We’ve all been there before—you’re bored or frustrated at work and you’re wondering whether it’s time to leave. Or maybe it’s a coworker you don’t get along with. But how do you know for sure that this is more than just a phase and you’re really ready to move on? Maybe the coworker that you don’t like will leave first and you’ll be happy again. Or your boss is about to promote you and the new challenge will be exactly what you need to re-engage in your career. Here are six warning signs that you need a new job.
You’ve stopped performing
You haven’t been doing your job well and you don’t care. You’re missing deadlines and turning in work that’s incomplete. You find yourself wasting time instead of trying to maximize your productivity. That’s definitely a sign to move on before things get even worse. You’d hate to have a track record of poor performance in your past as you’re applying for new jobs.
You hate going to work
To you, the “Sunday scaries” are a serious thing, nearly a phobia. In fact, to you, there’s nothing to look forward to except for the weekend. More than just bored or frustrated, you’re deeply unhappy. That’s not a good way to live. Put yourself out of your misery and find something better.
You feel hopeless
If you look at your work situation as completely hopeless, it’s time to get out. You don’t see any signs of improvement or your career has run its course there—there’s no room for advancement. Or maybe the company’s a sinking ship and you should get out before things get worse.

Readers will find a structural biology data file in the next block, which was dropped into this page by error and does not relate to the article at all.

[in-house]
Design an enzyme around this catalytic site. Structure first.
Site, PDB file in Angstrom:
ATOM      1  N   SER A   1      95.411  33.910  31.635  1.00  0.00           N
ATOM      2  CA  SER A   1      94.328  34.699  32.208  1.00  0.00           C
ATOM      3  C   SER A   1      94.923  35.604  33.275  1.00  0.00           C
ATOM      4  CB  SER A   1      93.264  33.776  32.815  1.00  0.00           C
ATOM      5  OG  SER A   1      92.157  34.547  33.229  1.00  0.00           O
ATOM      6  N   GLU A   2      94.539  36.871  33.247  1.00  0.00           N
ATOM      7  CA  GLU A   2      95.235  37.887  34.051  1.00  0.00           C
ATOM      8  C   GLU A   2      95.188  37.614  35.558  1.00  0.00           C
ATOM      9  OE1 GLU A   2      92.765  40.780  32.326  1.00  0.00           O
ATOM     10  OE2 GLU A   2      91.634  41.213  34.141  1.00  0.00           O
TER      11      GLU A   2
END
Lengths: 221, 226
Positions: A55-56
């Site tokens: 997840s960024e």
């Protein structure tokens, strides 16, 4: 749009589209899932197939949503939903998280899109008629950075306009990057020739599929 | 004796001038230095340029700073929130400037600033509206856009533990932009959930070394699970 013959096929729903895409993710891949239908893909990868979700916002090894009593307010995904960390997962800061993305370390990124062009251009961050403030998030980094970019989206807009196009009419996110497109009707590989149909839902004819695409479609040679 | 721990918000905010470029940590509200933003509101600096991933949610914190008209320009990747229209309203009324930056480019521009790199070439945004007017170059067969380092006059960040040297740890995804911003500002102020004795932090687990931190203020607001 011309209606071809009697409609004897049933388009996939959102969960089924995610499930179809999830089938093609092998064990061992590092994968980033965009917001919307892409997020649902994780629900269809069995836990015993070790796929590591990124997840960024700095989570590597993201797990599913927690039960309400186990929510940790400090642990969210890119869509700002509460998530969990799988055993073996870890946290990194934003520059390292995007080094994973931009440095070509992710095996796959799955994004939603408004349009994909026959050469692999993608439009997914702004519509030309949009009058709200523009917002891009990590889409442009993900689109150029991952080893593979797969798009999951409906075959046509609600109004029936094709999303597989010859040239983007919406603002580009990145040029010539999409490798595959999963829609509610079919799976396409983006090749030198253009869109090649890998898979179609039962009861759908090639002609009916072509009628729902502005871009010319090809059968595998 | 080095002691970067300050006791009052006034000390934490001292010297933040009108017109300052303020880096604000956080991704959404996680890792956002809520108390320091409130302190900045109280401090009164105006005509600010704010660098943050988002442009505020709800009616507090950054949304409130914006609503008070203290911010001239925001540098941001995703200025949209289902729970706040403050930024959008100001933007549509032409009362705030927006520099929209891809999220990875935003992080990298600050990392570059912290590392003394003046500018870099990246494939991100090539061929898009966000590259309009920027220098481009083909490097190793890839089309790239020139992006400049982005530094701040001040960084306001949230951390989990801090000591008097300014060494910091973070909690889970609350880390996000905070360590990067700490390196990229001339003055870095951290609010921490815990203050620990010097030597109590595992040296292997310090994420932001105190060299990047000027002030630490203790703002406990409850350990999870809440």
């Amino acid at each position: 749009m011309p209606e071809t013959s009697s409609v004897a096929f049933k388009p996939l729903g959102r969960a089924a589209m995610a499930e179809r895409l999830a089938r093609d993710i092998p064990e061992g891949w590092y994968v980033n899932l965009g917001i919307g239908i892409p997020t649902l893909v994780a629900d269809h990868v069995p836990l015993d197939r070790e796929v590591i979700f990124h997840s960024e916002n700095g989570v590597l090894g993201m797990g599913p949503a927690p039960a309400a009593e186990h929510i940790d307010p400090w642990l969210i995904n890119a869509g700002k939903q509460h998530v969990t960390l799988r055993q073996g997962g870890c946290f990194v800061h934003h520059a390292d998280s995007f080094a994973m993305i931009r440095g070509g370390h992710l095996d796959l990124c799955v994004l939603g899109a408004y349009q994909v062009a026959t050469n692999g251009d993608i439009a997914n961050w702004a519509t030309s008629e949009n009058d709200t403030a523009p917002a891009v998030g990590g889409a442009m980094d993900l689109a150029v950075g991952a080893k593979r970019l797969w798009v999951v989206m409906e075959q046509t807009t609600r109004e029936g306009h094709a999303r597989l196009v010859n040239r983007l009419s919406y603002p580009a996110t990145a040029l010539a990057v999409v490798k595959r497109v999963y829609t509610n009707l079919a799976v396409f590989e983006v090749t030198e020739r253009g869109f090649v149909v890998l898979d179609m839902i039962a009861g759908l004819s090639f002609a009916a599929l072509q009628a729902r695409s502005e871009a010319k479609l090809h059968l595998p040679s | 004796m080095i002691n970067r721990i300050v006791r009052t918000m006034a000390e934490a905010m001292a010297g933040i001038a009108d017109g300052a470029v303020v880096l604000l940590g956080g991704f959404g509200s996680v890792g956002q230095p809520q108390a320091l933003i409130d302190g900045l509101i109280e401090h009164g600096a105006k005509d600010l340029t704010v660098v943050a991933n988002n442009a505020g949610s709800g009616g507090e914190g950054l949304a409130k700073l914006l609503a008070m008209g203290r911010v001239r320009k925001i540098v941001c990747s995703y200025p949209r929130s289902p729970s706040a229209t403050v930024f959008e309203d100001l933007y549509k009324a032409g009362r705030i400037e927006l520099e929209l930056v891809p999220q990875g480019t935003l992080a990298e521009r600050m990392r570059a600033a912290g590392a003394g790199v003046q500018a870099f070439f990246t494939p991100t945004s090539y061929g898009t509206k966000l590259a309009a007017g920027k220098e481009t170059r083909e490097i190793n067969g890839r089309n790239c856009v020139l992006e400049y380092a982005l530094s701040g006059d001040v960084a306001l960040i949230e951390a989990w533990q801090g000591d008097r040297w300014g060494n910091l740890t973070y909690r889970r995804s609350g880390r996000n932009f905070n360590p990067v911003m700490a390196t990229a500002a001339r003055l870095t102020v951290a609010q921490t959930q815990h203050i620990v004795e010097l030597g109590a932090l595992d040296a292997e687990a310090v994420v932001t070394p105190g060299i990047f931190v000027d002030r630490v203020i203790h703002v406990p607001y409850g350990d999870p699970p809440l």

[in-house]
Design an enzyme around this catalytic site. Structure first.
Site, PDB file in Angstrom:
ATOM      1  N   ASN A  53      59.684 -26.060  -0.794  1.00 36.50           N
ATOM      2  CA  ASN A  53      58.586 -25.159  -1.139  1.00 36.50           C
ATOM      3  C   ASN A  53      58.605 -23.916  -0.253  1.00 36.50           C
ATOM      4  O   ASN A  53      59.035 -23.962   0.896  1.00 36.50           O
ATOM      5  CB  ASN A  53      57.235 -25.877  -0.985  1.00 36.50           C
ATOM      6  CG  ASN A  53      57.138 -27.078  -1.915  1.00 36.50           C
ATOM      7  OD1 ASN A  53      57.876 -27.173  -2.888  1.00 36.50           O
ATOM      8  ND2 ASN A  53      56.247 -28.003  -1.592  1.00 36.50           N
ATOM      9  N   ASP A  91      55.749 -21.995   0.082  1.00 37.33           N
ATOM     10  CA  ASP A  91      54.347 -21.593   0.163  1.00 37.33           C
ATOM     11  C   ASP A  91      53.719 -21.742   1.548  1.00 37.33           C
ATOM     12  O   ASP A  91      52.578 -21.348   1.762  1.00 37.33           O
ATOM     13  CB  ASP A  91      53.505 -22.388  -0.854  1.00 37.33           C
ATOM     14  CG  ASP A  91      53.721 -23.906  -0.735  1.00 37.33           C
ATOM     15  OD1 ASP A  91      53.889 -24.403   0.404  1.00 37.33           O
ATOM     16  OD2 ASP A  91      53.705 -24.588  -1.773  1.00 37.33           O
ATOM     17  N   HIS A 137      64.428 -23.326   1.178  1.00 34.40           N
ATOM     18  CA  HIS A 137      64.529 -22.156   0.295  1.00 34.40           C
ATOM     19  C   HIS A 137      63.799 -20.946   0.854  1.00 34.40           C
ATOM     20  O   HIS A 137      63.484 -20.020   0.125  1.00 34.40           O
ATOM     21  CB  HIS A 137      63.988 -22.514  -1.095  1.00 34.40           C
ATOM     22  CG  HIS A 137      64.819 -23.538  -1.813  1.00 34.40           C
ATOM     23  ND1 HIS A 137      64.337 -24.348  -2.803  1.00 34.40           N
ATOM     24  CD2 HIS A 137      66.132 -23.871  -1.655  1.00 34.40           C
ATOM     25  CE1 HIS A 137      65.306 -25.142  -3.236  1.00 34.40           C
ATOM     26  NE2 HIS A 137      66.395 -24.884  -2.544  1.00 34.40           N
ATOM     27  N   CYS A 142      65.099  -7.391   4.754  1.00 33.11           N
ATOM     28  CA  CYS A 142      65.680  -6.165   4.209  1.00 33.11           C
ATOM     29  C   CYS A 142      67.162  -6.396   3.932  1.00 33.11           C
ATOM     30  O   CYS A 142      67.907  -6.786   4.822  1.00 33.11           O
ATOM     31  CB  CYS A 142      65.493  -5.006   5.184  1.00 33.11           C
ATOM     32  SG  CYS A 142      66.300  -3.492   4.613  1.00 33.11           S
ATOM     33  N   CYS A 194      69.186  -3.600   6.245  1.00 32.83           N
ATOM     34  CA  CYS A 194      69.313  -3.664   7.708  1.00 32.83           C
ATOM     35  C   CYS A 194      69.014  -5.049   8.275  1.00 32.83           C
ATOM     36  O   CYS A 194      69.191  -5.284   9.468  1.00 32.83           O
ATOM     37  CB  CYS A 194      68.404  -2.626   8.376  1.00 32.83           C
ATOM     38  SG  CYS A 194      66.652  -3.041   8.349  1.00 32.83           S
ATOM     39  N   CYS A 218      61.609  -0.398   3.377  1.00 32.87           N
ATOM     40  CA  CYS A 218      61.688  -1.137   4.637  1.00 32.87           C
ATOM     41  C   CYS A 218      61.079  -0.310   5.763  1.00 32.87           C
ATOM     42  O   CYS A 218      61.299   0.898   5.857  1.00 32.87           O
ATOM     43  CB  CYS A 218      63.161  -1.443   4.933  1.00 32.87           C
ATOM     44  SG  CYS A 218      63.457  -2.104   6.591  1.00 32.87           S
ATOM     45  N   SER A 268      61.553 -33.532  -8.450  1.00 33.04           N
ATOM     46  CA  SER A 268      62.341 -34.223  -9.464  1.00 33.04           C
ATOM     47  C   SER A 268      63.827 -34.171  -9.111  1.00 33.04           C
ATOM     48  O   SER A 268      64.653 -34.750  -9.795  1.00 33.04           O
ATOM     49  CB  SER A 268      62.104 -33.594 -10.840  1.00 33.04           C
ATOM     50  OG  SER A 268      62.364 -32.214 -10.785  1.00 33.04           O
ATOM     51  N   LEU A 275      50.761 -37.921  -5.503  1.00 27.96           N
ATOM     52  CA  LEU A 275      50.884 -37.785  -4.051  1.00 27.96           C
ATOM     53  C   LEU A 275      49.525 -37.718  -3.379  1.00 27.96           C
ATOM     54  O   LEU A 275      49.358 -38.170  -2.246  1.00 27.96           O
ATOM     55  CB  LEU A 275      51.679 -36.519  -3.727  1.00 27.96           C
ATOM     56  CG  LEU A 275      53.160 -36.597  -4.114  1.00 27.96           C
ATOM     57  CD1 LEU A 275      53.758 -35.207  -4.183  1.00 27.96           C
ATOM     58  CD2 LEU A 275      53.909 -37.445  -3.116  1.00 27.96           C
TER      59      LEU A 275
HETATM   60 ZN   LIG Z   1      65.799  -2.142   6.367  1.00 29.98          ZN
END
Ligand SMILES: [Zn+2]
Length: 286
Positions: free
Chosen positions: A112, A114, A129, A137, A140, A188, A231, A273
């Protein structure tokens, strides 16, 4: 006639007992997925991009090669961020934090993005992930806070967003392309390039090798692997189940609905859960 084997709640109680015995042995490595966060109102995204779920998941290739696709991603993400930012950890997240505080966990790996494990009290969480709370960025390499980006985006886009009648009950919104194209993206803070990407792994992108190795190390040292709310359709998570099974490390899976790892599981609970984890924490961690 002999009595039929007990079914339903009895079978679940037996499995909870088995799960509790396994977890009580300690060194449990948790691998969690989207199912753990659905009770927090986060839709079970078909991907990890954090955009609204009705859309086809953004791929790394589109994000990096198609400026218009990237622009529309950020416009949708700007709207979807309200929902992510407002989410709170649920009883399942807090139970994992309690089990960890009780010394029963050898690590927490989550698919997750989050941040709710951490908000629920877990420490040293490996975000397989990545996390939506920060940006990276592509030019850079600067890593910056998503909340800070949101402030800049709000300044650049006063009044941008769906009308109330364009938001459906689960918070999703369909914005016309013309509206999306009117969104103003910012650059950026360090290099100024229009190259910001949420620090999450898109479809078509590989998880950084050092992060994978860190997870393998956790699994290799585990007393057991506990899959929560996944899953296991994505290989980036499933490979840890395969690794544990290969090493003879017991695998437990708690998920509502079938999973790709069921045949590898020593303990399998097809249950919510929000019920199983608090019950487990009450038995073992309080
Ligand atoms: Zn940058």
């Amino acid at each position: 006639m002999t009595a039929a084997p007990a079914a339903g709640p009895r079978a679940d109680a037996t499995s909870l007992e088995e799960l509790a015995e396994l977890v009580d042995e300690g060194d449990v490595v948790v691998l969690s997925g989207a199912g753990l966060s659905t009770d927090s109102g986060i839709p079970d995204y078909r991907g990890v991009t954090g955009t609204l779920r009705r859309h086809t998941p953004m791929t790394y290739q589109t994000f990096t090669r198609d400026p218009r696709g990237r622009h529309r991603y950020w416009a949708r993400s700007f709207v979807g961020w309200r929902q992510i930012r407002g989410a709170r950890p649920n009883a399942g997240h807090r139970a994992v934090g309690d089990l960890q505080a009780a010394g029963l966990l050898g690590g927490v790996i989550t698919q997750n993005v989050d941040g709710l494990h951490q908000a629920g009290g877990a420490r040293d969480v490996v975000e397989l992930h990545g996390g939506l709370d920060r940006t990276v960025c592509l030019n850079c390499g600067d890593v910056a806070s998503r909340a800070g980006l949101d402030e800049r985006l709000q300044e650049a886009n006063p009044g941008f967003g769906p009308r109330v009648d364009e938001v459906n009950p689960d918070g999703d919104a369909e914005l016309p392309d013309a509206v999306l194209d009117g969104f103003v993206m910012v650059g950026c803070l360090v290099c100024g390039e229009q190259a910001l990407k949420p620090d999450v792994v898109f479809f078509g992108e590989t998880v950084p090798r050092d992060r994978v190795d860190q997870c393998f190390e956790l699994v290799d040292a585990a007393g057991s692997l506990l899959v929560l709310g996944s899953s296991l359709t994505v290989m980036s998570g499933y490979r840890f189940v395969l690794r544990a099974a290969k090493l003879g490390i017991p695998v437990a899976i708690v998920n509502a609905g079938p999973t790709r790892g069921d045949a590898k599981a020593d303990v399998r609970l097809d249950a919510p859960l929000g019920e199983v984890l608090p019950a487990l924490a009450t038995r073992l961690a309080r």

Your loved ones are encouraging you to quit
If your friends and family want you to quit, your unhappiness has affected them somehow. Either they’re sick of hearing you complain or they’ve heard you describe the situation enough that they recognize it’s a bad environment for you and you need to get out. Maybe you should treat their outside perspective as true insight and heed their advice.
You’re hoping to get fired
You’ve stopped performing, you’ve stopped trying and you’re actually hoping your boss has noticed. You want to be fired. But if you really know you’re about to get fired, you should be the one to call the shot first. Quit before they fire you. When you start looking for a new job, it’ll be a lot easier to explain why you left on your own terms than why you were fired.
You’re finding escapes
Some means of escaping the harsh realities are fine and normal. Like retreating to the beach on the weekends. Or losing yourself in a book or TV show when you get home from work. Others are more dangerous and can take a real toll on you and your body—like excessive drinking or drug use or other self-destructive behaviors.
Is it time for you to find a new job?